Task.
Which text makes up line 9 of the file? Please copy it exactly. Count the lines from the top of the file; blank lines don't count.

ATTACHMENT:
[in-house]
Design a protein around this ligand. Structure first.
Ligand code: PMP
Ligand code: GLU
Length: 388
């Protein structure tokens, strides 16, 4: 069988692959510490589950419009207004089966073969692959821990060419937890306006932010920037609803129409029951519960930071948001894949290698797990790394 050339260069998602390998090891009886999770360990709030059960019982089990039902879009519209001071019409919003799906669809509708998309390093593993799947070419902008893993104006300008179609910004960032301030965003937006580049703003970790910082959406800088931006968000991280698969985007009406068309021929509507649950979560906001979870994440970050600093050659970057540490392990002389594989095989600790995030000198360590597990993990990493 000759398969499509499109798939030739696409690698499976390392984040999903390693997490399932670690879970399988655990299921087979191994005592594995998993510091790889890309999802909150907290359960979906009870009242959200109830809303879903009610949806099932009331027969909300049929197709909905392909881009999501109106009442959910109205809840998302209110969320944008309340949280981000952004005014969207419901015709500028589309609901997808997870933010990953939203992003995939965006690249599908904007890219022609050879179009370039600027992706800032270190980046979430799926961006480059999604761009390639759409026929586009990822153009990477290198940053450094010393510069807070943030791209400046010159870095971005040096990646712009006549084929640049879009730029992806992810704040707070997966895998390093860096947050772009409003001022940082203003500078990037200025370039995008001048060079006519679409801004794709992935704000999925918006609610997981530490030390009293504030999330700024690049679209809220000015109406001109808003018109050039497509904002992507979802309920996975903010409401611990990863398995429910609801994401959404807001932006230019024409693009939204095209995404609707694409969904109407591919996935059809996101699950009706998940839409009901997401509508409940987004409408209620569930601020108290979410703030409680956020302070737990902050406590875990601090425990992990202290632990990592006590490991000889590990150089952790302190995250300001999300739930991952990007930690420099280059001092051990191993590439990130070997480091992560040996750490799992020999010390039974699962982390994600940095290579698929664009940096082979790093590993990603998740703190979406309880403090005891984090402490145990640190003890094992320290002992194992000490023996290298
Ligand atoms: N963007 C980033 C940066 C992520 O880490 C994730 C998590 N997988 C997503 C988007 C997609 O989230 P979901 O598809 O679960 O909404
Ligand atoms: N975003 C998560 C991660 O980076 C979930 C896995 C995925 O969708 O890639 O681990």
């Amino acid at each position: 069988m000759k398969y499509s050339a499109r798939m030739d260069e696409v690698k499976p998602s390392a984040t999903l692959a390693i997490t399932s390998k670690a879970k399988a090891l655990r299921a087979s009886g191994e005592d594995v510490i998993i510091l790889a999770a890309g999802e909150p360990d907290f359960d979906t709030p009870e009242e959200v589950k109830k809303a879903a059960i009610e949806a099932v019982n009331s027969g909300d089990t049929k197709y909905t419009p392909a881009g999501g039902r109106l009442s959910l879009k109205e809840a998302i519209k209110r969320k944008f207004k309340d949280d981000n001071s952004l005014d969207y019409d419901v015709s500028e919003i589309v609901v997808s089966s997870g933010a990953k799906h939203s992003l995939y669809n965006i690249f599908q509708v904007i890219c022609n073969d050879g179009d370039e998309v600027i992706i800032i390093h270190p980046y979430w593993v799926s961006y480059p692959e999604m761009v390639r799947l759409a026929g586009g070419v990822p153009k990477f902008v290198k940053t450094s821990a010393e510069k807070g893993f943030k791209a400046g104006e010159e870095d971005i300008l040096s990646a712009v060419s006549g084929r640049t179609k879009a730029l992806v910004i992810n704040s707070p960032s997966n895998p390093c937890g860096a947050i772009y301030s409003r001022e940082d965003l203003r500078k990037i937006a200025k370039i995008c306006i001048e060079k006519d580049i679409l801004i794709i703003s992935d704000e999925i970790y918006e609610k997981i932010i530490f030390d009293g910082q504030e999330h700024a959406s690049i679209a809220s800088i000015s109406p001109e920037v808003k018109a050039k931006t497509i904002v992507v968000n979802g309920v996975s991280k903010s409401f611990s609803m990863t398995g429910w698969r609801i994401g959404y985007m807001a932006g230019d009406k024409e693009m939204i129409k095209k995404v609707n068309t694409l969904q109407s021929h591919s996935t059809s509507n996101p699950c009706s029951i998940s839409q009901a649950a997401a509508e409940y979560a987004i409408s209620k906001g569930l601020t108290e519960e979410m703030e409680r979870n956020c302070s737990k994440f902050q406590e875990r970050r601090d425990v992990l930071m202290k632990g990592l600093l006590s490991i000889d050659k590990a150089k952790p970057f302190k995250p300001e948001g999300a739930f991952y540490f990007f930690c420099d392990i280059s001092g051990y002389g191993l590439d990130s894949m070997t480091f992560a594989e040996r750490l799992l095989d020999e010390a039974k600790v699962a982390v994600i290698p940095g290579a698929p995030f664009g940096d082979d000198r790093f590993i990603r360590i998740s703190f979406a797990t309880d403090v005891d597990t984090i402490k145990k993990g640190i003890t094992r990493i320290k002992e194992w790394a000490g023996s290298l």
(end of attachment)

């Amino acid at each position: 069988m000759k398969y499509s050339a499109r798939m030739d260069e696409v690698k499976p998602s390392a984040t999903l692959a390693i997490t399932s390998k670690a879970k399988a090891l655990r299921a087979s009886g191994e005592d594995v510490i998993i510091l790889a999770a890309g999802e909150p360990d907290f359960d979906t709030p009870e009242e959200v589950k109830k809303a879903a059960i009610e949806a099932v019982n009331s027969g909300d089990t049929k197709y909905t419009p392909a881009g999501g039902r109106l009442s959910l879009k109205e809840a998302i519209k209110r969320k944008f207004k309340d949280d981000n001071s952004l005014d969207y019409d419901v015709s500028e919003i589309v609901v997808s089966s997870g933010a990953k799906h939203s992003l995939y669809n965006i690249f599908q509708v904007i890219c022609n073969d050879g179009d370039e998309v600027i992706i800032i390093h270190p980046y979430w593993v799926s961006y480059p692959e999604m761009v390639r799947l759409a026929g586009g070419v990822p153009k990477f902008v290198k940053t450094s821990a010393e510069k807070g893993f943030k791209a400046g104006e010159e870095d971005i300008l040096s990646a712009v060419s006549g084929r640049t179609k879009a730029l992806v910004i992810n704040s707070p960032s997966n895998p390093c937890g860096a947050i772009y301030s409003r001022e940082d965003l203003r500078k990037i937006a200025k370039i995008c306006i001048e060079k006519d580049i679409l801004i794709i703003s992935d704000e999925i970790y918006e609610k997981i932010i530490f030390d009293g910082q504030e999330h700024a959406s690049i679209a809220s800088i000015s109406p001109e920037v808003k018109a050039k931006t497509i904002v992507v968000n979802g309920v996975s991280k903010s409401f611990s609803m990863t398995g429910w698969r609801i994401g959404y985007m807001a932006g230019d009406k024409e693009m939204i129409k095209k995404v609707n068309t694409l969904q109407s021929h591919s996935t059809s509507n996101p699950c009706s029951i998940s839409q009901a649950a997401a509508e409940y979560a987004i409408s209620k906001g569930l601020t108290e519960e979410m703030e409680r979870n956020c302070s737990k994440f902050q406590e875990r970050r601090d425990v992990l930071m202290k632990g990592l600093l006590s490991i000889d050659k590990a150089k952790p970057f302190k995250p300001e948001g999300a739930f991952y540490f990007f930690c420099d392990i280059s001092g051990y002389g191993l590439d990130s894949m070997t480091f992560a594989e040996r750490l799992l095989d020999e010390a039974k600790v699962a982390v994600i290698p940095g290579a698929p995030f664009g940096d082979d000198r790093f590993i990603r360590i998740s703190f979406a797990t309880d403090v005891d597990t984090i402490k145990k993990g640190i003890t094992r990493i320290k002992e194992w790394a000490g023996s290298l």